Still Working to Free a New Yorker in Peru
The New York Times -- 8 May 2005
by Joseph P. Fried
Rhoda Berenson was speaking by phone from her Manhattan apartment recently, just hours after returning from her latest bittersweet trip to Peru.
Most of the four-and-a-half-day journey had been spent in transit, but she had two days with her daughter Lori, above, in one of the several coveted visits that Mrs. Berenson and her husband, Mark, alternately have with Lori each year.
But as with all the visits, it ended with Mrs. Berenson wishing vainly that Lori could leave with her from the place where they had all too briefly been together.
Lori Berenson is the former New York resident who is halfway through a 20-year prison sentence in Peru after being convicted of collaborating with Marxist revolutionaries in a foiled plot to take the Peruvian Congress hostage in 1995.
That conviction was her second in the case. Originally, she had been found guilty of treason and sentenced to life in prison by a military judge who was concealed behind a partition in a trial that was closed to the public and in which her lawyers were not allowed to cross-examine witnesses. But a vigorous campaign led by her parents, and pressure from the United States government, resulted in a retrial in a civilian court, which ended in the collaboration verdict and the 20-year term.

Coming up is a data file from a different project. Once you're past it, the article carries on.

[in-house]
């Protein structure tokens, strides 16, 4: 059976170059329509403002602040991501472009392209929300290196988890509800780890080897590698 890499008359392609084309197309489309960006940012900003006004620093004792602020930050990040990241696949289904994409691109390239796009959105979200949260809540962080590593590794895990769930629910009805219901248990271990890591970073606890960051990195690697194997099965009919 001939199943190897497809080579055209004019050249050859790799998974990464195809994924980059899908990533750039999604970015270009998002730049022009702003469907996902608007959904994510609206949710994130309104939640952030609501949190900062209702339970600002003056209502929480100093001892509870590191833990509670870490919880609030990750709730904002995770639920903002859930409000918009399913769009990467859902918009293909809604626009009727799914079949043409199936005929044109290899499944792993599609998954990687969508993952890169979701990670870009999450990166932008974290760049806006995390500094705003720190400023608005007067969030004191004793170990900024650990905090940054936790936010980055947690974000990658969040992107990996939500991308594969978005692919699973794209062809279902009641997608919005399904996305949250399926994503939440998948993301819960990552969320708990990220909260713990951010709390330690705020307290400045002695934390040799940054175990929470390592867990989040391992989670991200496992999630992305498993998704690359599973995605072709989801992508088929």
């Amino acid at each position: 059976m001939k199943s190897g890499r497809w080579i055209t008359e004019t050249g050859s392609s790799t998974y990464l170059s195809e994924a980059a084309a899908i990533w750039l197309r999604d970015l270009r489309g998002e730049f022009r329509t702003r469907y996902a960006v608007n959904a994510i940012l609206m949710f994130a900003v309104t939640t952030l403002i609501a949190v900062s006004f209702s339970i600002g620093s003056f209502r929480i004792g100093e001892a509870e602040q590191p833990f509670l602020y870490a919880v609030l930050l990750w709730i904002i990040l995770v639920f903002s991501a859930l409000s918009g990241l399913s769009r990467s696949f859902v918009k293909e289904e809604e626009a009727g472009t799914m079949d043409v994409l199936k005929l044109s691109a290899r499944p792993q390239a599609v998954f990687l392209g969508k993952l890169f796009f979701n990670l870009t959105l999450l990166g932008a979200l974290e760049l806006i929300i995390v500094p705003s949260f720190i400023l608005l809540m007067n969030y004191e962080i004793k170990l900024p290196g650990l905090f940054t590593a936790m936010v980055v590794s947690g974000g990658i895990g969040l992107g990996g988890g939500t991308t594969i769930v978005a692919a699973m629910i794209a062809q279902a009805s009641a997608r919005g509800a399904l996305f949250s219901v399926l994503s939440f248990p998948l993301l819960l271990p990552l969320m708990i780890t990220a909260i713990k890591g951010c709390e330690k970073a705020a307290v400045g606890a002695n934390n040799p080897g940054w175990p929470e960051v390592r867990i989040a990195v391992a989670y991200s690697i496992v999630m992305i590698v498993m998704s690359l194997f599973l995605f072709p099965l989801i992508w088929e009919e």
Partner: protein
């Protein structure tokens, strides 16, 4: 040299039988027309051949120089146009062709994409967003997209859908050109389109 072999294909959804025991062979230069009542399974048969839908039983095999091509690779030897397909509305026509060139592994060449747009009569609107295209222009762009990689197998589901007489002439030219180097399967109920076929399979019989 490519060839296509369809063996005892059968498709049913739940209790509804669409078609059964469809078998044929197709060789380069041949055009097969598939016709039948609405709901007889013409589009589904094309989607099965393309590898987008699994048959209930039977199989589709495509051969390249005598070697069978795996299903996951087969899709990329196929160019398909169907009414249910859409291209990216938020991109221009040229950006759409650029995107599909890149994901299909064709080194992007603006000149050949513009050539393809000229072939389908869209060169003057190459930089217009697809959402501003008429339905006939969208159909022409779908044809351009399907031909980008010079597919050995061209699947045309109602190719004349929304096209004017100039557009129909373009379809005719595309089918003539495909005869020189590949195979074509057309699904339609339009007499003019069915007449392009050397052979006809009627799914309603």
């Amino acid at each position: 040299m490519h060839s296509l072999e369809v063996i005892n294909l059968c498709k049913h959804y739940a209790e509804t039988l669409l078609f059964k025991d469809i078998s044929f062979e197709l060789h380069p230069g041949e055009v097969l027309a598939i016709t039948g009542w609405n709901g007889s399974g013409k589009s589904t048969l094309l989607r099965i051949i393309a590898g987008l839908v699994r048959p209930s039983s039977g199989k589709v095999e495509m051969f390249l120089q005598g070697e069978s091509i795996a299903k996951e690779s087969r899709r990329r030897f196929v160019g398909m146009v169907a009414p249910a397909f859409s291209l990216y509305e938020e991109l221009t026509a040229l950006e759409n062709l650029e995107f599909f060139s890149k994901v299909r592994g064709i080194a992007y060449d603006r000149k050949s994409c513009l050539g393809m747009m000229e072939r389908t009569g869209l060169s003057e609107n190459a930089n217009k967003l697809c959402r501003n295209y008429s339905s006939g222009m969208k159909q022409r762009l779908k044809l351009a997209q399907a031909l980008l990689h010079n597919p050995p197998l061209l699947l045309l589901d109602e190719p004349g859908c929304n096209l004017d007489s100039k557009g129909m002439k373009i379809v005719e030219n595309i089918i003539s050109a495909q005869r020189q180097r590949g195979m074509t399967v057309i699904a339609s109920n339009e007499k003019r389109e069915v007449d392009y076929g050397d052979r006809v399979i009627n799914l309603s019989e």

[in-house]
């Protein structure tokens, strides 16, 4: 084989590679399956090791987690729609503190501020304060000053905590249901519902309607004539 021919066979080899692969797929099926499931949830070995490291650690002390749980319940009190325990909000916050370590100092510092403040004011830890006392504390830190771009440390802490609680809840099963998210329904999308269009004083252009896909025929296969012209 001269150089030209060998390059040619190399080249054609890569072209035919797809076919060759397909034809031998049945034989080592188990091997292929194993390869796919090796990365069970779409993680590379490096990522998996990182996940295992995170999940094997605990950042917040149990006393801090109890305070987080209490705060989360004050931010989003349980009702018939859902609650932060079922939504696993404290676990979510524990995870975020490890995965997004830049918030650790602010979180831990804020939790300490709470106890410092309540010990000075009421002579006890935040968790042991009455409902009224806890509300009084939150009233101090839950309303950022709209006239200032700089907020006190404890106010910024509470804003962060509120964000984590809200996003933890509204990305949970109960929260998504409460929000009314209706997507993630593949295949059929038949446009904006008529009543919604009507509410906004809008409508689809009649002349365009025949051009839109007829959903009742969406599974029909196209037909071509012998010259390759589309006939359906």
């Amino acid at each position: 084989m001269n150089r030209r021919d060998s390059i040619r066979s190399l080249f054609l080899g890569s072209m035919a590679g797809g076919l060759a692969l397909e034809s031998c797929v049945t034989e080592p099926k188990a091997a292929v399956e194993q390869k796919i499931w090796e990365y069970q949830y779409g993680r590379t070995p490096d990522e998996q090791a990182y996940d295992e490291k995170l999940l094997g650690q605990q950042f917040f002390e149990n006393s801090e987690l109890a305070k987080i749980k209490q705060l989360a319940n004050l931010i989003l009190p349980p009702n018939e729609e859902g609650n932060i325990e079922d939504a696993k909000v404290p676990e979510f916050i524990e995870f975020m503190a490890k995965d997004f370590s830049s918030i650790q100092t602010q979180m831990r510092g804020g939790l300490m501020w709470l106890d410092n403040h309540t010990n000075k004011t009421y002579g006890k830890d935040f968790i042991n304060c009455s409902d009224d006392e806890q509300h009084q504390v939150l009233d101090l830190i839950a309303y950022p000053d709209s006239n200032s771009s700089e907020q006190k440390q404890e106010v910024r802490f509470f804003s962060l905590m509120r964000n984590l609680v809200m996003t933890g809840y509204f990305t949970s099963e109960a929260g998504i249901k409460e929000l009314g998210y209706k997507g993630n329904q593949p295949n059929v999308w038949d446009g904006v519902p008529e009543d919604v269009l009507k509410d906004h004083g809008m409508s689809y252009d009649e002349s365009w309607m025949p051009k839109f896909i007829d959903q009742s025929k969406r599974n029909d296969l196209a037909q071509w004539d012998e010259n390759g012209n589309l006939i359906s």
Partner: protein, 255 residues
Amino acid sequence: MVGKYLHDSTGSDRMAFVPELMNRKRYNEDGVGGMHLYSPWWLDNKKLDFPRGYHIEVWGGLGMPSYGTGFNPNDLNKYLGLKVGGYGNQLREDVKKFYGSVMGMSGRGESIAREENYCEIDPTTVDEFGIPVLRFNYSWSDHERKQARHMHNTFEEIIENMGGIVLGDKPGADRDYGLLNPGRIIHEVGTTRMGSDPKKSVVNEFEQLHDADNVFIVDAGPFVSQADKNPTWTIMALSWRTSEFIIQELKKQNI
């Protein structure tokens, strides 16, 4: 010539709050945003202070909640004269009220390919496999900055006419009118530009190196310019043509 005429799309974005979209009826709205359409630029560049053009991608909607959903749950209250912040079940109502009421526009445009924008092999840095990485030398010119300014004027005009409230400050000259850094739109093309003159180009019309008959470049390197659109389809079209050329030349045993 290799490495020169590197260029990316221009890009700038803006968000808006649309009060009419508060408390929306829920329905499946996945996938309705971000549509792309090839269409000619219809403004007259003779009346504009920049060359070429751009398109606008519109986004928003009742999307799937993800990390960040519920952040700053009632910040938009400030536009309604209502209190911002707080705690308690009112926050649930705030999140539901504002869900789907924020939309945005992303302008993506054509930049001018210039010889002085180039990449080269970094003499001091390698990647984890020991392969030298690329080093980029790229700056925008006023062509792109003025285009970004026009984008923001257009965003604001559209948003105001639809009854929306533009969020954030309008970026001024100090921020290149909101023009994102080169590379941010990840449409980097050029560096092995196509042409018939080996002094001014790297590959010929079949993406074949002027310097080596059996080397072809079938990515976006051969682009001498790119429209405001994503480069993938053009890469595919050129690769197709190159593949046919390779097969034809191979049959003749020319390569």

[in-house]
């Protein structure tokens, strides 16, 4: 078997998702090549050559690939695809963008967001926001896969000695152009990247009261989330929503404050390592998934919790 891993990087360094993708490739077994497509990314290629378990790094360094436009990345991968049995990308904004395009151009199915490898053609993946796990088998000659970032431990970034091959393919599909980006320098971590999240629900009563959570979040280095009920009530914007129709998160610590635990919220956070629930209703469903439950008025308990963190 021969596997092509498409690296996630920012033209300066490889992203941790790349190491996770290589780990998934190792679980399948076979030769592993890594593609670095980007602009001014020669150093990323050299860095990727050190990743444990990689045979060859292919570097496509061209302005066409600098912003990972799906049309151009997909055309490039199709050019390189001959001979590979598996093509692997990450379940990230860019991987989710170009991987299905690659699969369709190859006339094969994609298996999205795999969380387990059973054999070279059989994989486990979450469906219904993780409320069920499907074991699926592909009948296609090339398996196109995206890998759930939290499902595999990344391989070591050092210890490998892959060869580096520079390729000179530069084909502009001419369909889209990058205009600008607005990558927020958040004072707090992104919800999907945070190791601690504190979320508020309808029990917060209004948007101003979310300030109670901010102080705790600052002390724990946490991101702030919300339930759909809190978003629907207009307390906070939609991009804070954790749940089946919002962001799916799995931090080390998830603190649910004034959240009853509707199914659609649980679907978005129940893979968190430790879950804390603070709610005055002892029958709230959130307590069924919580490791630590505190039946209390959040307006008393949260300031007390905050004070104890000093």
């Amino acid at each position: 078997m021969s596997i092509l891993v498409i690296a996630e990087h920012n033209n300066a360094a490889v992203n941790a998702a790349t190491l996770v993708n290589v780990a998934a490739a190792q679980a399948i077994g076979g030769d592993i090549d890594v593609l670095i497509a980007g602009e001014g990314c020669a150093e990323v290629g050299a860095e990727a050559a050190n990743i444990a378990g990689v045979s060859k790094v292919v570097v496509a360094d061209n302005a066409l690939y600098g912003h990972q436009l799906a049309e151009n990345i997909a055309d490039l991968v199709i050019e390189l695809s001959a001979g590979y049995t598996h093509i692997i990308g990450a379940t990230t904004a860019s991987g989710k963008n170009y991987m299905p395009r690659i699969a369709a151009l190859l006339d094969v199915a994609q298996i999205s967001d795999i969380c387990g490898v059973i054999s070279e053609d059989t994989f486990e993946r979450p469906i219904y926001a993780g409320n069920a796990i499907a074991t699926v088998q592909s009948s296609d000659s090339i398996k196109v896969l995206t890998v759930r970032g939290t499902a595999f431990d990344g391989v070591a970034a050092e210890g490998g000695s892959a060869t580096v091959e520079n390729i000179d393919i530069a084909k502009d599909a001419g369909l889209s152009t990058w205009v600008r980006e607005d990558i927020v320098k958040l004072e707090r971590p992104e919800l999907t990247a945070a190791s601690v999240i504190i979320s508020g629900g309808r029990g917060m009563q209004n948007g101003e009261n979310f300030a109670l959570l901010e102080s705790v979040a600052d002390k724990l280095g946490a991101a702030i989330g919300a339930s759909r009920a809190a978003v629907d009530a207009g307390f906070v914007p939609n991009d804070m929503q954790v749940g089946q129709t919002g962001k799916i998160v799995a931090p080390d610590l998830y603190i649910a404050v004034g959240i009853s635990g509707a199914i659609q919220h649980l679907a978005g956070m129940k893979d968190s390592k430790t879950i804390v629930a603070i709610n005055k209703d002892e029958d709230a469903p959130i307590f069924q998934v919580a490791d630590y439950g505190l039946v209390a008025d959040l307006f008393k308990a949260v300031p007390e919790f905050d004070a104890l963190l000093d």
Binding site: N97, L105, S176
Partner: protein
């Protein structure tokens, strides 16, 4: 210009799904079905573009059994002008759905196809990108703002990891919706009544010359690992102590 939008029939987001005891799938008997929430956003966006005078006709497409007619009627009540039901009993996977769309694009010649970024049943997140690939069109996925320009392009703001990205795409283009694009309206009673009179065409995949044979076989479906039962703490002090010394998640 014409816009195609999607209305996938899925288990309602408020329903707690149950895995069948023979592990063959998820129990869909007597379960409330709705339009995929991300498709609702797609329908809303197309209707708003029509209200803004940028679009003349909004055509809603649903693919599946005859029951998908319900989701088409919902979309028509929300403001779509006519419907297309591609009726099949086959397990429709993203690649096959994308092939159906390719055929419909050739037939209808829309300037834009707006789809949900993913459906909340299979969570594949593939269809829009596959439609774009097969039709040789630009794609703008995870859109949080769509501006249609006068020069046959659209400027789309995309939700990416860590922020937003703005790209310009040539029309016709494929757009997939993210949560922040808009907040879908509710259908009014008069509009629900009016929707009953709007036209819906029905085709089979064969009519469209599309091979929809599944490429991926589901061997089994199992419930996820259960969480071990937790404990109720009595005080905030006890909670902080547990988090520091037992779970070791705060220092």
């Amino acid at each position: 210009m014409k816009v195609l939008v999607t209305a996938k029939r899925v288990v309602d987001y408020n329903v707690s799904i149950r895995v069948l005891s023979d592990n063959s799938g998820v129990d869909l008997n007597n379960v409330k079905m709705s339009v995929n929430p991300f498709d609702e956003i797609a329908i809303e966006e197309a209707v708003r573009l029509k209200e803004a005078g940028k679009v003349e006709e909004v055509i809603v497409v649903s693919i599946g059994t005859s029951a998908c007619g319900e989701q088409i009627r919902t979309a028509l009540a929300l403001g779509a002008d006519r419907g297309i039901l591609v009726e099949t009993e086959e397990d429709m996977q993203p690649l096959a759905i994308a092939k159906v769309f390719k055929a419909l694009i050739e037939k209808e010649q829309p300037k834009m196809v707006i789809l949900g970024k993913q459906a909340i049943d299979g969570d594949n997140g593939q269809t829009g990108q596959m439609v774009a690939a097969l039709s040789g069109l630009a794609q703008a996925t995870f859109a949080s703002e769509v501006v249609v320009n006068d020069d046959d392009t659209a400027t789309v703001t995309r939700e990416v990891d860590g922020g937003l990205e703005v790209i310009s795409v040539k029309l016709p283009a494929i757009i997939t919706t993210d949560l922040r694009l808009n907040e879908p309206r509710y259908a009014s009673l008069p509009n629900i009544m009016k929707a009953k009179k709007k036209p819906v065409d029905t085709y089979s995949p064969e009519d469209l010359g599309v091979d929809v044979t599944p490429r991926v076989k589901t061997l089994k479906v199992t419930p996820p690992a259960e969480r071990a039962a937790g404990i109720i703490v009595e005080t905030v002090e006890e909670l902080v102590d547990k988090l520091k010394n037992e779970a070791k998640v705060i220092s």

In December, the Costa Rica-based Inter-American Court of Human Rights, Latin America's top human rights court, rejected arguments that Ms. Berenson, 35, should be freed or given a new trial because her second trial also violated her rights. She says that she did not collaborate in terrorist activities. Some legal experts said the Inter-American Court had been her last hope for gaining release before the scheduled expiration of her sentence in 2015.
But her parents, in remarks after Mrs. Berenson's recent trip to Peru, said that, like their daughter, they had not given up on the possibility of an earlier release.
"Things change in Peru," said Rhoda Berenson, a high school physics teacher. "They have been giving parole to other political prisoners." Mark Berenson, a professor at the Montclair State University School of Business in New Jersey, said he was considering taking the case to the United Nations Commission on Human Rights. He called the Inter-American Court's decision "devastating."
Mr. Berenson said that conditions in Lori's current prison, in Cajamarca in northern Peru, were much better than those in her first prison, which was high up in the Andes and had no glass in the windows to block the frigid mountain winds.
Mrs. Berenson said that no matter how much longer her daughter remained in prison, "she's hoping to have a productive life."